Honoured, Grateful, And Guilty: A Tangled Family History

image tangled family history

The strands in my children’s heritage are tightly intertwined, multicultural, and impossible to untwist from each other. History labels their predecessors perpetrators and victims, depending on which of their ancestral branches you examine.

A photograph of my maternal great grandmother hangs in my hallway. She looks serious. In mid 1920s Warsaw. Dark haired and dark eyed. My grandmother, aged three or four, stands next to her in a light dress, their arms linked.

My maternal great grandmother was too attached to her country. Fatally so. To me, she is a cautionary tale of the danger of fastening yourself too tightly to one part of the world.

But I only know fragments of her story:

My grandmother (in the light dress) was about nine or ten when she emigrated from the Jewish ghetto in Warsaw to Australia with her parents.

Shortly after their arrival, my great grandmother looked around at the vast, bright country she found herself in and decided it was too foreign for her. She pressed some coins into my grandmother’s hand and sailed back.

To Warsaw.

In doing so she inflicted a lifetime of trauma on my grandmother and signed her own death warrant. Her life was erased by the Holocaust that ripped through the country she chose over her daughter. A daughter who would be orphaned in the vast, bright country at twelve, when her father died just a couple of years later.

My parents’ wedding photograph also hangs in my hallway. Taken in Duesseldorf, 1971. My mother’s dark hair. Dark eyes. My father’s white blond hair. Blue eyes.

I was born in Germany, lived in Saudi Arabia from ages one to five and returned to Germany just before my sixth birthday, in time to start school.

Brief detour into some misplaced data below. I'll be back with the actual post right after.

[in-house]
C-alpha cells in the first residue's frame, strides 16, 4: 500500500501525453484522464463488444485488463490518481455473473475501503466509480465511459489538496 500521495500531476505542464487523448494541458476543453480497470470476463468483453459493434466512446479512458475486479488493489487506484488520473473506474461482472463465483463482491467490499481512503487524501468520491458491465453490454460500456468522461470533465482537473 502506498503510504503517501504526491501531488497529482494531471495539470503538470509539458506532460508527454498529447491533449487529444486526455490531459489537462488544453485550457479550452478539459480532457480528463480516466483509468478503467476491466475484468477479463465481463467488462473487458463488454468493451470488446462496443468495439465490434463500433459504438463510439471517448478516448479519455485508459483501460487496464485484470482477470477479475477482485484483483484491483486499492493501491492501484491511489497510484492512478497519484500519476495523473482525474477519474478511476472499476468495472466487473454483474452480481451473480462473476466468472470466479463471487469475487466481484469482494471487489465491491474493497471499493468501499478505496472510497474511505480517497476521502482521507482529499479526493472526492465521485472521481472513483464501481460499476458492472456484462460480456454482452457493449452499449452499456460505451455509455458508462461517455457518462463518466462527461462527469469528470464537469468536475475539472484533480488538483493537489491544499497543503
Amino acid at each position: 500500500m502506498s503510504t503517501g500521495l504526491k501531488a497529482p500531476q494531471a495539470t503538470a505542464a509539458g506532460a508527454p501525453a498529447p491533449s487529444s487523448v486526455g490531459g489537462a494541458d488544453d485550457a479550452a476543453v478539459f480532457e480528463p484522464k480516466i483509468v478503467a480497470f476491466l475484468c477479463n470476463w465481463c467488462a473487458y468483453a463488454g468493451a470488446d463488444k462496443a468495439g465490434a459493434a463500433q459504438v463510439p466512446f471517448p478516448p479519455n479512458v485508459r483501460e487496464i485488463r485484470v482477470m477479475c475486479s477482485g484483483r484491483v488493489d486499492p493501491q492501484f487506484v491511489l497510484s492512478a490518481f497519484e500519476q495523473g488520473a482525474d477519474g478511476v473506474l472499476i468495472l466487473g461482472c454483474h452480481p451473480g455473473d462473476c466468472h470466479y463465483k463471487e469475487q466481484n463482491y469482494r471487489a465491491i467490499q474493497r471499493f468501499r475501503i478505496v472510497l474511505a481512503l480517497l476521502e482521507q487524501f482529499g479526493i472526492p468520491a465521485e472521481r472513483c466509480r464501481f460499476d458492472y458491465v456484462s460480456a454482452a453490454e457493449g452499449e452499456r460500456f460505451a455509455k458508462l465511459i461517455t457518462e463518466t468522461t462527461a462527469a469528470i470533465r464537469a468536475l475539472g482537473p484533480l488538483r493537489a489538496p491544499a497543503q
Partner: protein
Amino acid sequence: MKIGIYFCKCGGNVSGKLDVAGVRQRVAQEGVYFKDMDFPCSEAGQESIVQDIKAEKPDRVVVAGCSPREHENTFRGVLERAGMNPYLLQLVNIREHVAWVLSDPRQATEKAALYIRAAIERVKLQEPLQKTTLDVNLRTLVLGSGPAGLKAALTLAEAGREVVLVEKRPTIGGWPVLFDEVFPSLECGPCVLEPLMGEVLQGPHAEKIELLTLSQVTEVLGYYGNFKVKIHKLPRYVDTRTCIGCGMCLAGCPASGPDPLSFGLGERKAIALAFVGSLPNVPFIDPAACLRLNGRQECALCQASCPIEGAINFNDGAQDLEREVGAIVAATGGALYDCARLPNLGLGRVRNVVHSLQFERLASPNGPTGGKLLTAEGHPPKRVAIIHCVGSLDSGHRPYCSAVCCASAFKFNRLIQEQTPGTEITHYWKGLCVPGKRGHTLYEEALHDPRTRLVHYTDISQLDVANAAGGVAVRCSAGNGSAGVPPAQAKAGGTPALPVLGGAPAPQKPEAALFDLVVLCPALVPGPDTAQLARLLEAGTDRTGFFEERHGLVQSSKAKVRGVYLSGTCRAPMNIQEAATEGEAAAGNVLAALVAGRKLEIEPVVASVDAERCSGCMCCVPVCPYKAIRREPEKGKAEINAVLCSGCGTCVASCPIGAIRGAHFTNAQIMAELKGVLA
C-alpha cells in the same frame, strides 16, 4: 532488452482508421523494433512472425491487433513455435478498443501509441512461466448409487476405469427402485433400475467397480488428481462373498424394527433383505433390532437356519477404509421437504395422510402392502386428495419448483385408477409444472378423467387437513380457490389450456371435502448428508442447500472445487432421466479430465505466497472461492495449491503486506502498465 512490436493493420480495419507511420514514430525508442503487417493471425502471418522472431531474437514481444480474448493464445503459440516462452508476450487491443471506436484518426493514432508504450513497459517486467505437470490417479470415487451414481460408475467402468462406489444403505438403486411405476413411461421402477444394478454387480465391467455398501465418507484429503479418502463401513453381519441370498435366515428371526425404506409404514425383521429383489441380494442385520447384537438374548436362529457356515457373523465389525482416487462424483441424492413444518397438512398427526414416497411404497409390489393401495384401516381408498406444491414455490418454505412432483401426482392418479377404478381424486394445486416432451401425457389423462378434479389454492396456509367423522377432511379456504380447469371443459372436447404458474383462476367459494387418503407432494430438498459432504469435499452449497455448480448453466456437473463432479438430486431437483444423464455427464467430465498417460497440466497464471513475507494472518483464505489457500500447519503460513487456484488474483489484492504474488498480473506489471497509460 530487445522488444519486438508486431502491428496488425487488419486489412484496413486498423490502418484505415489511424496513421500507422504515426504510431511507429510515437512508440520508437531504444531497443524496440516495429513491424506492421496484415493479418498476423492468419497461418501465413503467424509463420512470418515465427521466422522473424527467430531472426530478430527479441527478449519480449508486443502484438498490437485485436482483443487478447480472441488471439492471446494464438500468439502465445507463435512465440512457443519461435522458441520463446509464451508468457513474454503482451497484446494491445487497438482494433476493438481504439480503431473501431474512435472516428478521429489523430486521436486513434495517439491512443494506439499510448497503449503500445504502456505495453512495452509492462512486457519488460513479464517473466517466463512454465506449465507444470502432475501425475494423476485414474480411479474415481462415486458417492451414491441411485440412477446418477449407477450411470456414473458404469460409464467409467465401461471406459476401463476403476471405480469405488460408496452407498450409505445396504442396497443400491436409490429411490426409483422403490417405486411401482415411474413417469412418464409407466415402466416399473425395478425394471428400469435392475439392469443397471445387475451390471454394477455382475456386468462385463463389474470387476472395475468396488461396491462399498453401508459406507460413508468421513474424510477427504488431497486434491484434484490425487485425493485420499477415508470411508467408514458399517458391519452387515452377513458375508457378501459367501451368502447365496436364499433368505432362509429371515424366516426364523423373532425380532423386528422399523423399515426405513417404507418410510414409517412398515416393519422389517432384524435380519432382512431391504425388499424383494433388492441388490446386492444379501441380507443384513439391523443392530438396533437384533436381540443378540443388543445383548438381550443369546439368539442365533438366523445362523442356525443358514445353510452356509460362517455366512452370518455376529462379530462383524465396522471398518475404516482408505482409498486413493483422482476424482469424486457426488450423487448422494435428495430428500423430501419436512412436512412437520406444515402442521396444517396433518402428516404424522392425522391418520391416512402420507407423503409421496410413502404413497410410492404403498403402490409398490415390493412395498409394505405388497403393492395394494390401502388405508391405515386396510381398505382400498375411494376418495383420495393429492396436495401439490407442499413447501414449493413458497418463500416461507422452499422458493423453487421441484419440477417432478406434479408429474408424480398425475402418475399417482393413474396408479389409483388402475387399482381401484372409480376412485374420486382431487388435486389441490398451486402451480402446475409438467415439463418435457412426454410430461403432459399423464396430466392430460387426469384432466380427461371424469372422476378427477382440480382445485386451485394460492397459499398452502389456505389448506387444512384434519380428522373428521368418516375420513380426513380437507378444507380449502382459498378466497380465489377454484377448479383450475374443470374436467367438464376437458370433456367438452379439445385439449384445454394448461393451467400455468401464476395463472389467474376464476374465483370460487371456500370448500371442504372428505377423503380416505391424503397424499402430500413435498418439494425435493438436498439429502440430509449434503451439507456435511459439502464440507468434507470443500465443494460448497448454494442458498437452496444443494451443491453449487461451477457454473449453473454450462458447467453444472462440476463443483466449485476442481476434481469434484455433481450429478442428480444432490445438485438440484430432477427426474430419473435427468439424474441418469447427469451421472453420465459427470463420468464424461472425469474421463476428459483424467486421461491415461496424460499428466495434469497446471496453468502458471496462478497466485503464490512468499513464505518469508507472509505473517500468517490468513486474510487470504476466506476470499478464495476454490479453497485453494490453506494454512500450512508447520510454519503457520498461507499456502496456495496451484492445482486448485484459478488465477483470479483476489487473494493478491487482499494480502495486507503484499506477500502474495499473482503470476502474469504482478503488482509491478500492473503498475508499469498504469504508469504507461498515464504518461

Many German born children of my generation were infused with guilt. We read When Hitler Stole Pink Rabbit by Judith Kerr in primary school. The older grades took school excursions to former Nazi concentration camp sites. This shameful chapter in Germany’s history was rightly not denied or underplayed.

And the whole world pointed its finger at us. At least it felt that way when I moved to Brisbane with my family aged thirteen.

Almost as soon as I started school, a chunky, pimply, blond boy in my year began greeting me with a Nazi salute and yelling ‘Heil Hitler!’ every time he saw me. The other kids stared as though I were personally responsible for Hitler’s actions. Each time it happened I was swallowed by a boiling pit of mortification and anger.

I already owned my German guilt. Guilt with a twist. The country I’d been born in, whose language I spoke flawlessly, that was home to all of my friends, whose seasons, landscapes, and culture I loved, had in recent history been responsible for the genocide of my mother’s family’s people.

My guilt and that knowledge had already curdled uncomfortably inside me, before that boy began hurling the only, and highly offensive, reference point he had for German people, at me.

My maternal grandfather’s Jewish roots can be traced back to 16th Century Portugal. It is one half of where my children’s dark eyes come from. Their high foreheads and cheekbones travelled from Latvia and Germany via my father. The shape of their chins can be traced back to English ancestors from my husband’s family.

My children are both first and seventh generation white Australians.

It is messy alright.

My ancestors didn’t happen to be in Australia when white people invaded and began inflicting trauma that is still ongoing on the First Nations People. But my husband’s predecessors landed here as missionaries ten years after the first fleet.

Does any good ever come from entering a foreign country aiming to convert its peoples to a belief system not their own?

I don’t believe so. No matter what the intent.

And no matter how much I love the descendants of those missionaries, my guilt echoes around that family history. It feels similar to the guilt I felt as a German child of the early eighties.

Yet, guilt on its own achieves nothing unless it pushes us towards acknowledgement and action.

Over the last weeks I have researched and asked advice from people with Aboriginal or Torres Strait Islander heritage on wording an acknowledgement of Country and its First Nation Peoples to include in my book. I am so grateful for their time and knowledge.